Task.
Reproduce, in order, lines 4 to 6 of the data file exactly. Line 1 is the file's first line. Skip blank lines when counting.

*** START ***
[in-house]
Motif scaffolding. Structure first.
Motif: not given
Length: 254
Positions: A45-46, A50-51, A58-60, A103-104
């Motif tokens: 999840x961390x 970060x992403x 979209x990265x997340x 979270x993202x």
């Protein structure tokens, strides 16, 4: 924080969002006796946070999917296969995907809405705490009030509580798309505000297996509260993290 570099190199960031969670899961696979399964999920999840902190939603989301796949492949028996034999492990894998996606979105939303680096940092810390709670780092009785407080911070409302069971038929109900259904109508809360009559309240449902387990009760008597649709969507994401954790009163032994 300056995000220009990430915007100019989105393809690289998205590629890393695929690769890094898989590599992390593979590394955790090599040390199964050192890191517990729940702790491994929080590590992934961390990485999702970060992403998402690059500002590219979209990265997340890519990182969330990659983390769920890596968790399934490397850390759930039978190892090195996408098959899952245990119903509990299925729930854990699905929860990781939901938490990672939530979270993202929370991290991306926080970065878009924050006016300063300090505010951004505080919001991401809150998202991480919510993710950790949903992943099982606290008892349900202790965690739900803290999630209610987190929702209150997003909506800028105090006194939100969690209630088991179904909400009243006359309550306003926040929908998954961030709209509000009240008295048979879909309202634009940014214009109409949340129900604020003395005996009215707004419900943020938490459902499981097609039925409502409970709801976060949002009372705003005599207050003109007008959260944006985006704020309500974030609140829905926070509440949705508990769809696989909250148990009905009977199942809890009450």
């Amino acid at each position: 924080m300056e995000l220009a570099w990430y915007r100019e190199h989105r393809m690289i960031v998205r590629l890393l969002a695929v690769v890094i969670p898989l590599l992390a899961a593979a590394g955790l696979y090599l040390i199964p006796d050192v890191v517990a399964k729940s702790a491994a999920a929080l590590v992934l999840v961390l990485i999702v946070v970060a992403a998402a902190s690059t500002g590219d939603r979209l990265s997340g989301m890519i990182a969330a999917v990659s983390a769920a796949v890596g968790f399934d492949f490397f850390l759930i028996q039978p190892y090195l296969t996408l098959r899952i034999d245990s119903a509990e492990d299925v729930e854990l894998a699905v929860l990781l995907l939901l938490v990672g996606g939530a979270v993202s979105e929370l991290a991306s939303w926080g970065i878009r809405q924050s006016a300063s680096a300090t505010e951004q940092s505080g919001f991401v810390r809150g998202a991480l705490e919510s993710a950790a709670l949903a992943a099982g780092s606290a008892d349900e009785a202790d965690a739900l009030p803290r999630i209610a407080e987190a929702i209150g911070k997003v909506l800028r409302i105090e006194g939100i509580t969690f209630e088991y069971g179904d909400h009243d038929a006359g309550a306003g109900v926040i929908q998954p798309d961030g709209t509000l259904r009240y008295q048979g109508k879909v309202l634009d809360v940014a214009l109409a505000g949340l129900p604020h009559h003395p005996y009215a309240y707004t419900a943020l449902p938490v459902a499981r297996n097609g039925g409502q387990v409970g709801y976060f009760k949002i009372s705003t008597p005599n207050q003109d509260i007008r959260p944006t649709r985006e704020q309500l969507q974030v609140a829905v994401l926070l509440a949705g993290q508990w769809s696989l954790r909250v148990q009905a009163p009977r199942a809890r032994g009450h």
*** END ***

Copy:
Length: 254
Positions: A45-46, A50-51, A58-60, A103-104
């Motif tokens: 999840x961390x 970060x992403x 979209x990265x997340x 979270x993202x």